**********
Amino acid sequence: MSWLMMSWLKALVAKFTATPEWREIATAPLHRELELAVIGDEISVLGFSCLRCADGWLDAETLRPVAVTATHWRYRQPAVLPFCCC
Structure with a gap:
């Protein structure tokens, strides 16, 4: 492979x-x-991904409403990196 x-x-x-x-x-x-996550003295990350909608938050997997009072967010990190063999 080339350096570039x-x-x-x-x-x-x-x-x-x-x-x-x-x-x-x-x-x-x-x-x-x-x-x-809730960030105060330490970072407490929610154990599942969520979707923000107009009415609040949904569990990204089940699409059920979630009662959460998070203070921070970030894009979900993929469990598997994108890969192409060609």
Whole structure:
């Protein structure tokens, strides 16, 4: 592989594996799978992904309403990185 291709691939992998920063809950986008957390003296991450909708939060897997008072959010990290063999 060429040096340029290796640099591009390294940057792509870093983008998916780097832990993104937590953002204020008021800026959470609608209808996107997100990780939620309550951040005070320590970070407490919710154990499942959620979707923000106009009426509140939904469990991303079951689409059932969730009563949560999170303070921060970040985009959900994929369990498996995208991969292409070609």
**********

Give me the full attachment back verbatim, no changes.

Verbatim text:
Amino acid sequence: MSWLMMSWLKALVAKFTATPEWREIATAPLHRELELAVIGDEISVLGFSCLRCADGWLDAETLRPVAVTATHWRYRQPAVLPFCCC
Structure with a gap:
């Protein structure tokens, strides 16, 4: 492979x-x-991904409403990196 x-x-x-x-x-x-996550003295990350909608938050997997009072967010990190063999 080339350096570039x-x-x-x-x-x-x-x-x-x-x-x-x-x-x-x-x-x-x-x-x-x-x-x-809730960030105060330490970072407490929610154990599942969520979707923000107009009415609040949904569990990204089940699409059920979630009662959460998070203070921070970030894009979900993929469990598997994108890969192409060609």
Whole structure:
């Protein structure tokens, strides 16, 4: 592989594996799978992904309403990185 291709691939992998920063809950986008957390003296991450909708939060897997008072959010990290063999 060429040096340029290796640099591009390294940057792509870093983008998916780097832990993104937590953002204020008021800026959470609608209808996107997100990780939620309550951040005070320590970070407490919710154990499942959620979707923000106009009426509140939904469990991303079951689409059932969730009563949560999170303070921060970040985009959900994929369990498996995208991969292409070609």